Friday, February 19, 2010

Dear BYU Psycology Department

Dear Dr. Mikle South,

Hello, my name is Celeste. I am BYU alumni and a Giant Steps parent. I attended the presentation that you and your students put on for the parents of the Giant Steps Preschool several months back. I was impressed with the work your students presented. You mentioned that as part of your research you meet with many parents and note their concerns. I have felt since that time a need and a desire to express to you some things about my journey with autism.

I have lived with autism in my family since 1993, when my brother with autism was born. Now I am the parent of a Giant Steps student. For most of those 17 years when my brother was growing up, I believed that autism is a neurological disorder only and that education is really the only thing that could help a person with autism. After my little son was diagnosed I studied a book called Changing the Course of Autism by Dr. Bryan Jepson. Dr. South, this book was revelation to my mind. I explained the behaviors and phases of my brother over all those years, and also the ones that were emerging in my son. Now I believe that autism is a disease of the body greatly affects the brain. Meaning, persons with a genetic tendency slip into autism when their bodies cannot cope with all of the toxins that enter it.

Since the summer of 2008 my son has been seeing Dr. David Voss at the Freedom Medical Center who treats his condition medically. My son eats gluten free, casein free, and usually sugar free. He is on a variety of dietary supplements that are closely monitored by his doctor. The results over time have been eye contact, communication, and awareness. Giant Steps has of course accelerated his progress even more. This biochemical intervention program is difficult to do, but it is much easier than having a child who is more severely autistic. When I am in a group of Giant Steps parents and they talk about their children’s different troubling behaviors, (such as screaming, running away, and making family life difficult in other ways,) I usually find myself thinking, “I grew up with that, and my son used to be just like that, but not nearly so much now.”

Unfortunately the compilation of research that Dr. Bryan Jepson presents in his book is a bit sparse. There are many gaps and many topics that need more looking at. There is no research whatsoever touching this program from psychology professionals as far as I am aware.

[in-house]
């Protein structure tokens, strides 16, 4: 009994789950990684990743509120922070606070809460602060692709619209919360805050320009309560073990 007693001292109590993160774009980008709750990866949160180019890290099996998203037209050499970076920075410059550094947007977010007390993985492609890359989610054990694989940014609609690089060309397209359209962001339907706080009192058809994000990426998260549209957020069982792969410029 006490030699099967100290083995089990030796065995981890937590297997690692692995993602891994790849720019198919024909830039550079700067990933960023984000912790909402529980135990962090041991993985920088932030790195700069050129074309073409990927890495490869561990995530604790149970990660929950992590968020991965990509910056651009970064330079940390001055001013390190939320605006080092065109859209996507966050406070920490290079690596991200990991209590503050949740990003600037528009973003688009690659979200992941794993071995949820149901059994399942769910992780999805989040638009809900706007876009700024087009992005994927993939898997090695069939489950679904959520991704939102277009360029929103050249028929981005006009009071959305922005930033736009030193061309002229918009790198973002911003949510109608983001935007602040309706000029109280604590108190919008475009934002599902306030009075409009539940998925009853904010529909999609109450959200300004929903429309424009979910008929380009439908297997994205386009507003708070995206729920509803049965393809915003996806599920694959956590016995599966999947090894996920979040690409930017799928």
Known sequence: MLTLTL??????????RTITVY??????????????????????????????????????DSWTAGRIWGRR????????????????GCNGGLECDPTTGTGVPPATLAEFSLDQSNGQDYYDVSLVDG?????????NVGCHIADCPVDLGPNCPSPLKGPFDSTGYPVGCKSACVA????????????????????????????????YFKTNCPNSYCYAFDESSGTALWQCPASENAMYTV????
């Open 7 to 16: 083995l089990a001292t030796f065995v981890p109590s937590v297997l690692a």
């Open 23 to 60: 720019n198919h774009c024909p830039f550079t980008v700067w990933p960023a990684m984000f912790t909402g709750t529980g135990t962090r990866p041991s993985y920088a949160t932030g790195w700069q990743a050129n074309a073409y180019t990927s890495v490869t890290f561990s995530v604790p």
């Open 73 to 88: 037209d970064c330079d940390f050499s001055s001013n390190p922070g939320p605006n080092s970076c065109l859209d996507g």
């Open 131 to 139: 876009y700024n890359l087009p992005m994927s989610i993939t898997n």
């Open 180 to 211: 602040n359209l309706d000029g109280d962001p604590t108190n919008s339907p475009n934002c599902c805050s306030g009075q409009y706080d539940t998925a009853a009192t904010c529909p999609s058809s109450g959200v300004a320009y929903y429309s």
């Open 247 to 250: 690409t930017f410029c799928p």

And so Dr. South, it is my plea that If you have any students that are at all interested in pursuing this area in their graduate studies, please encourage them. More substantial research in this area from a department such as yours would do a world of good, not only for children with autism in Utah , but for people with autism everywhere.

Thank you very much for your work in support of Giant Steps. I am very appreciative of what you and your students do.

Celeste Jean

This is the email I sent to Dr. South today. I know it is a bit presumptuous. However, here in Utah we have one of the highest rates of autism in the entire country, and I feel that this professor and his team of graduates have a great deal of influence. Already they do research that justifies to the minds of lawmakers the funding of the Giant Steps Preschool.

Yes, I am hopeful enough to think my small efforts could make a difference in his student's studies. At the least I know I will receive a short, kind reply. I have met Dr. South. He is a nice, fun loving guy. (This is the man who held a free drawing for candy bars at the above-mentioned presentation meeting. LOL!)


Janelle said...

It's been several years since I was in my parents' ward, but I'm pretty sure that Dr. South and his family used to be in their ward. Nice family.

Linda said...

Celeste, I love you and you do make a difference! ~Janet